by making sense of the places they visit
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To maintain the integrity of the investment, it is important that your wayfinding information is updated to reflect any changes to building structures, brand identities and use of space. Rather than introduce another layer of information or limit attention to the affected area, these changes should be integrated seamlessly within the existing wayfinding. Otherwise, you risk creating unnecessary visual clutter, confusion and achieving lower than expected footfall. To do this successfully you need to know exactly what information is currently provided, in what form and where. In other words a wayfinding audit that catalogues the location, content and design parameters of your existing signs.
Successful delivery of large complex building projects requires an extensive team of specialist providers. To avoid costly contract variations and make sure the project remains on track, the timing of these appointments is critical. As signs tend to be installed towards the end of the build, you’d be forgiven for thinking you don’t need to worry about the wayfinding until the latter stages. Do so at your peril – here we explain why you should consider appointing a wayfinding consultant during the concept design stage.
The Fire Safety (England) Regulations 2022 comes into force in January 2023. Mandating the installation of wayfinding signage in all multi-occupancy residential buildings 18 meters or seven storeys high. Here’s an overview of what you need to do to comply.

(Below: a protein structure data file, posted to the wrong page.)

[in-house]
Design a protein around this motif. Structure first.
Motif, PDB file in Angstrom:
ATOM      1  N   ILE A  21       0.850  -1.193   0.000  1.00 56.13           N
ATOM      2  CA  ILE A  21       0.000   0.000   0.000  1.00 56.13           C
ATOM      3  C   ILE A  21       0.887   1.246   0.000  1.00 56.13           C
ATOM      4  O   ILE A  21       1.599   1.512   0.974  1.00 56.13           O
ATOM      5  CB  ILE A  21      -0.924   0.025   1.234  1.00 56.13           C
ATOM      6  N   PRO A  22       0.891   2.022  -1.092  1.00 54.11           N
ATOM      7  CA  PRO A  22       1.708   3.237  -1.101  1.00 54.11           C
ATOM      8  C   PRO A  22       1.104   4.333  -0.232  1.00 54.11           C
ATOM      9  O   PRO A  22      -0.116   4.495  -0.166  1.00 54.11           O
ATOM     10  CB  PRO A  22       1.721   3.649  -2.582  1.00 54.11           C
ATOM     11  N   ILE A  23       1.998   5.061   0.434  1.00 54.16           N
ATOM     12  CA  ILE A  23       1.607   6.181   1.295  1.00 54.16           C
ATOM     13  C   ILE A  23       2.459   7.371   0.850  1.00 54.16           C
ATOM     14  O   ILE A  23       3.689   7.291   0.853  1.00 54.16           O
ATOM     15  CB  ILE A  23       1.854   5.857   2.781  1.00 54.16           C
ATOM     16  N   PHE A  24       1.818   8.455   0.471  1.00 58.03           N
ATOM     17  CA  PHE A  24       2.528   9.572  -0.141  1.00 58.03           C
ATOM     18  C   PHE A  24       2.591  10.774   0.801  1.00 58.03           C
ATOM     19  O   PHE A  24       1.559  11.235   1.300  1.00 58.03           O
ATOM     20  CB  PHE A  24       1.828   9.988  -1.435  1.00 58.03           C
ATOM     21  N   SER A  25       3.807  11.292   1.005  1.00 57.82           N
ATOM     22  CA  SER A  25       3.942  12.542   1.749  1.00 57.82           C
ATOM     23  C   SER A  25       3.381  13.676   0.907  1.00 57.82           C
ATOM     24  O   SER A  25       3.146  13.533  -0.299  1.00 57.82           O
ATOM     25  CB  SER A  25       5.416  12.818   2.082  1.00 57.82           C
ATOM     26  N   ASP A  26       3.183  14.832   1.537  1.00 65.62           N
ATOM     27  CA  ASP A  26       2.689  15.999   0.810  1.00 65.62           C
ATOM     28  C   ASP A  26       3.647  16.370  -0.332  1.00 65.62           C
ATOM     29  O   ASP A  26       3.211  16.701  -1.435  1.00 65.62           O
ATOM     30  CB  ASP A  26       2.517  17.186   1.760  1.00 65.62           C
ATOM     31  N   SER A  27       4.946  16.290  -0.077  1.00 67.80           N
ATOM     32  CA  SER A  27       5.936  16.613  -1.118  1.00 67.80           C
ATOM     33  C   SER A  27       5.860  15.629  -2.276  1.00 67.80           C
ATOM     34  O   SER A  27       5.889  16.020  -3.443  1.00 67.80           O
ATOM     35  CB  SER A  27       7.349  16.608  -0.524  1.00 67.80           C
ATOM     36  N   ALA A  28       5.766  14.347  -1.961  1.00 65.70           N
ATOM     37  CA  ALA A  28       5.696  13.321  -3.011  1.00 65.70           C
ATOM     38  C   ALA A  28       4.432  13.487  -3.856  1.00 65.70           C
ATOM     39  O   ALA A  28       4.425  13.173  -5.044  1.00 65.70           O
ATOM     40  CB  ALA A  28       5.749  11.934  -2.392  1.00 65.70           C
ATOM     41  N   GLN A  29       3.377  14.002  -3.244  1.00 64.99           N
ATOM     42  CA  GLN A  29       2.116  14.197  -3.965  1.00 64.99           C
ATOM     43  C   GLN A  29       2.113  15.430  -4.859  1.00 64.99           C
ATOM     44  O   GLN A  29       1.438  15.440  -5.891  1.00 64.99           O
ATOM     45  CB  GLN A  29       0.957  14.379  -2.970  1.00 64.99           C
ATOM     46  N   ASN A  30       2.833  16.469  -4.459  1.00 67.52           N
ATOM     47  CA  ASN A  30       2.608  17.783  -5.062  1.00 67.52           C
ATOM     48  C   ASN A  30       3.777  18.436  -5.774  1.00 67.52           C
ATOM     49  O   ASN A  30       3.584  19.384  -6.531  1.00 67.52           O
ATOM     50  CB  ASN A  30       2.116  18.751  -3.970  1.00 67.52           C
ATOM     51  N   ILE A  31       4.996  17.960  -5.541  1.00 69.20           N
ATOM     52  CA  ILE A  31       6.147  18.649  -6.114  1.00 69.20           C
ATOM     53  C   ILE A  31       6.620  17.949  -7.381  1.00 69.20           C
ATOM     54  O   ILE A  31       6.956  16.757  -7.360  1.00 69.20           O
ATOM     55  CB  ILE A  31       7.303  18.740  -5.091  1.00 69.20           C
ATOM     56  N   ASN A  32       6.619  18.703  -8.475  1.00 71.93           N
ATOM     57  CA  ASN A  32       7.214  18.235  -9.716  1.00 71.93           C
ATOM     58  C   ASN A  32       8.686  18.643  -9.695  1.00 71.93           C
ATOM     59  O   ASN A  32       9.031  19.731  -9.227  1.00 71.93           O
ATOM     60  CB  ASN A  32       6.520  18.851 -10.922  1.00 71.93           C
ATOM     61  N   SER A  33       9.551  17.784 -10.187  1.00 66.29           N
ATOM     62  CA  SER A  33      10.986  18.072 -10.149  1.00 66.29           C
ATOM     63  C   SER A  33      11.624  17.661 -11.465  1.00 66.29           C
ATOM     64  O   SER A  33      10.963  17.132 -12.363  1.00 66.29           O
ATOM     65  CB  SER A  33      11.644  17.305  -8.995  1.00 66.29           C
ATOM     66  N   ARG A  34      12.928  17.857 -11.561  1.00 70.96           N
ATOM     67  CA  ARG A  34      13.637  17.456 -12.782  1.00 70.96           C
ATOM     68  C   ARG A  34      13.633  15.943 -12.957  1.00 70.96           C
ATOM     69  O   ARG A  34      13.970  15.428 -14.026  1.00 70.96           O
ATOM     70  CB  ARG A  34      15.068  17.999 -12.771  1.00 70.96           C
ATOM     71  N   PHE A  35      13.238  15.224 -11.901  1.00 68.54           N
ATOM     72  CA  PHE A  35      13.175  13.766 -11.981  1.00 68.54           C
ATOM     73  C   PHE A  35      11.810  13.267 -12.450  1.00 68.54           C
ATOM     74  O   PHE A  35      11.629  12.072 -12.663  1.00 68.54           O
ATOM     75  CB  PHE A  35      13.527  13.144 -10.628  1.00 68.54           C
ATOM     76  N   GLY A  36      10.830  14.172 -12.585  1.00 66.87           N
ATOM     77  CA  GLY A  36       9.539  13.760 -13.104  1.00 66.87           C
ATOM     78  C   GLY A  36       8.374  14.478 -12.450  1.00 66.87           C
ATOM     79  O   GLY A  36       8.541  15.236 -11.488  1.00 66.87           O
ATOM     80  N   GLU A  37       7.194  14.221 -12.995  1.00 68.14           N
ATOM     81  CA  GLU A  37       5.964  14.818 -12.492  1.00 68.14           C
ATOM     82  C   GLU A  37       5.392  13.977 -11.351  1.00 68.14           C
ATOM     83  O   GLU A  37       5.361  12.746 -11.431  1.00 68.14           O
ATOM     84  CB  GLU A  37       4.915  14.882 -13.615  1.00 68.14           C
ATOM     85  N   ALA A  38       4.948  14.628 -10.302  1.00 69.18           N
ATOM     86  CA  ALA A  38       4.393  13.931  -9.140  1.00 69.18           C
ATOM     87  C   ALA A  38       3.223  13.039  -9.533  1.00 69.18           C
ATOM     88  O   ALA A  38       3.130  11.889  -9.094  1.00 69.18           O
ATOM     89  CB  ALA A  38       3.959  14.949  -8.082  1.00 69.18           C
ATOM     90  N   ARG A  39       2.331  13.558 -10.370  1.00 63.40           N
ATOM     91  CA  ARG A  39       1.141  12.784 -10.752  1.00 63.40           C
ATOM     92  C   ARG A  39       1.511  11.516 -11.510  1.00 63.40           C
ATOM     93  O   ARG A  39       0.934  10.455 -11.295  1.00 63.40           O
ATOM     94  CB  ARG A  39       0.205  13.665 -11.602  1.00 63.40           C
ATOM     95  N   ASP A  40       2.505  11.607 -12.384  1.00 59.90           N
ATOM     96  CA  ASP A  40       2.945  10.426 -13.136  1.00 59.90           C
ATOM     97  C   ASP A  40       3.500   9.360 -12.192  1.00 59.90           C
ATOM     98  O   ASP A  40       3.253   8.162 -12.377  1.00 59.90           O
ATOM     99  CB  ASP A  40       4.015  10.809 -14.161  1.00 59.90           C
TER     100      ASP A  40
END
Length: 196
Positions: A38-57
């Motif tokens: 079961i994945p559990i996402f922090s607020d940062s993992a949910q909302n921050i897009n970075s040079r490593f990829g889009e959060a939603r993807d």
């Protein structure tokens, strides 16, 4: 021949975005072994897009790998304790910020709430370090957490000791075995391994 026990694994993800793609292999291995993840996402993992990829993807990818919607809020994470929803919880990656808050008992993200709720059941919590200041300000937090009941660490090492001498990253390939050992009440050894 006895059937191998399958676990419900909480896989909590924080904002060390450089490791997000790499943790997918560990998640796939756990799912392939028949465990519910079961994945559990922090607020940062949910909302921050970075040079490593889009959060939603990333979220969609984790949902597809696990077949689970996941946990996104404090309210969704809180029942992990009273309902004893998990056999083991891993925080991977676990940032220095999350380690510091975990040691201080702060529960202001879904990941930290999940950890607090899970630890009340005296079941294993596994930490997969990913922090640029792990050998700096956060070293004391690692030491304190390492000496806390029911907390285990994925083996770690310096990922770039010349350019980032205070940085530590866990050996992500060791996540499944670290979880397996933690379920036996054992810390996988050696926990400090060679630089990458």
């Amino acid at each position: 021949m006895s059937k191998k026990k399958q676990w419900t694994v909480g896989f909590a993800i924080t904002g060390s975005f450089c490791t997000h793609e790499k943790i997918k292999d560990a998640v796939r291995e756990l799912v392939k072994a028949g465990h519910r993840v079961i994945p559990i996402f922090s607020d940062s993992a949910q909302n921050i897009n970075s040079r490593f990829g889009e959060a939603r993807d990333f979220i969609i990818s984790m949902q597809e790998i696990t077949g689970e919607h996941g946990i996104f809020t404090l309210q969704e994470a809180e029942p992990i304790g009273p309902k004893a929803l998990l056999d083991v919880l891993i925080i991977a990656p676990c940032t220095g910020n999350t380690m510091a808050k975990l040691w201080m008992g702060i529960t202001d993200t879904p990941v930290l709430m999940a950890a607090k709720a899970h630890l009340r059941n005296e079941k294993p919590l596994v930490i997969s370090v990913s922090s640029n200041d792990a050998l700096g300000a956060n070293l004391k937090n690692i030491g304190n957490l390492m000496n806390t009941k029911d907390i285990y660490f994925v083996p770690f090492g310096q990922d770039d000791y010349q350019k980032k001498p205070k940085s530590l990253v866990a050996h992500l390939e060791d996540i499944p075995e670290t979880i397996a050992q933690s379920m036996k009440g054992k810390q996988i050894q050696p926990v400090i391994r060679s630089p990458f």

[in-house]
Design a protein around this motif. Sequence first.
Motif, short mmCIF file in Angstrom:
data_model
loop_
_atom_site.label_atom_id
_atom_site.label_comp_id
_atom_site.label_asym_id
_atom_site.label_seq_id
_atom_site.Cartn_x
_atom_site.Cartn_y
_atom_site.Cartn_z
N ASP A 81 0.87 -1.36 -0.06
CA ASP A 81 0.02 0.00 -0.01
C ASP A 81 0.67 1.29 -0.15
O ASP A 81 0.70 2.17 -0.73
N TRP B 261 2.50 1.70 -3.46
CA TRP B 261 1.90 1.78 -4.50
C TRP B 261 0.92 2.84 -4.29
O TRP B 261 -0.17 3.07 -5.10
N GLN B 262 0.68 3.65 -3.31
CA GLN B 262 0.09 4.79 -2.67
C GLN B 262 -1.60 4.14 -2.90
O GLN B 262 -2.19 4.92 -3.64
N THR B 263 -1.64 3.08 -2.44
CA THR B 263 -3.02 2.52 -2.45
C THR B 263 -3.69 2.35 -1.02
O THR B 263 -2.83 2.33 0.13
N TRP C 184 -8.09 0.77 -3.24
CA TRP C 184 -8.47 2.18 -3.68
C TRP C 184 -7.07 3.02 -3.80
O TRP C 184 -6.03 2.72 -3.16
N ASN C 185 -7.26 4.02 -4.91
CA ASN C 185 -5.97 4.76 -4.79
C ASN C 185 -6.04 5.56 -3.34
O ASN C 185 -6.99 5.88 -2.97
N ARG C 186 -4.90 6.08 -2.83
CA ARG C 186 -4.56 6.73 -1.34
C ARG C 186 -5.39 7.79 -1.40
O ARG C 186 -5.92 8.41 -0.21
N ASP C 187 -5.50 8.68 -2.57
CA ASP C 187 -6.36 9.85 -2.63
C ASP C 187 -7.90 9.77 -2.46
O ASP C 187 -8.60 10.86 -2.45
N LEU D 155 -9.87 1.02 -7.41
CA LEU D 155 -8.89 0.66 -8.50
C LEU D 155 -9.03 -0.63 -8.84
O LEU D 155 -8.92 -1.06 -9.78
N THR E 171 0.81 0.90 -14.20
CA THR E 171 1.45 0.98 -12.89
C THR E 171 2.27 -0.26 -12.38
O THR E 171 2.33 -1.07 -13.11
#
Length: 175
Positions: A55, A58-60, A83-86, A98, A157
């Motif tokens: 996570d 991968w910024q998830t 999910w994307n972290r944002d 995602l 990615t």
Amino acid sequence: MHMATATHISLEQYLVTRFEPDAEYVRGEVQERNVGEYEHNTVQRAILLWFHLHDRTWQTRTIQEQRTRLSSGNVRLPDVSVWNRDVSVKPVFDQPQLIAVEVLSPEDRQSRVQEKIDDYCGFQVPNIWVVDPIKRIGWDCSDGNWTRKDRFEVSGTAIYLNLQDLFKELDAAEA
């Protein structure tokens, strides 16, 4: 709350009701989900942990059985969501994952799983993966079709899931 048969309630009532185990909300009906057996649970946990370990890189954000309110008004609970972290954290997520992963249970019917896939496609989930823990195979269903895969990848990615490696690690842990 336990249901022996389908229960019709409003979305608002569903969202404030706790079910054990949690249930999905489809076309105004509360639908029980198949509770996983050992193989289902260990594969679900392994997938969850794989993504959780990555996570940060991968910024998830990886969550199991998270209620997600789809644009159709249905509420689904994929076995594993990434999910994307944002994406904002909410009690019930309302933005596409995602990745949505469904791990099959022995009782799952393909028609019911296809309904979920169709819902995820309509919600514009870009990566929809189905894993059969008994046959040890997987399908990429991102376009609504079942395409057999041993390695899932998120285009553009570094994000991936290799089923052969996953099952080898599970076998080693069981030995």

For most significant property development projects, sooner or later wayfinding or signage will come up on the to do list. If it’s something you’ve not had to deal with recently or ever – trying to identify suitable suppliers could prove a little baffling.
Here’s a little guidance on how and where to find suitable suppliers for the job.
It might surprise you, but work to understand the complexities of the brain processes involved in wayfinding and navigation has been a fertile area of academic research for many decades. Its importance was recognised in the award of the 2014 The Nobel Prize in Physiology or Medicine, to three research scientists. Here we discuss how the principles underpinning the development of wayfinding strategies reflect how our brains work. Proving, if you needed it, that wayfinding design is part art – part science.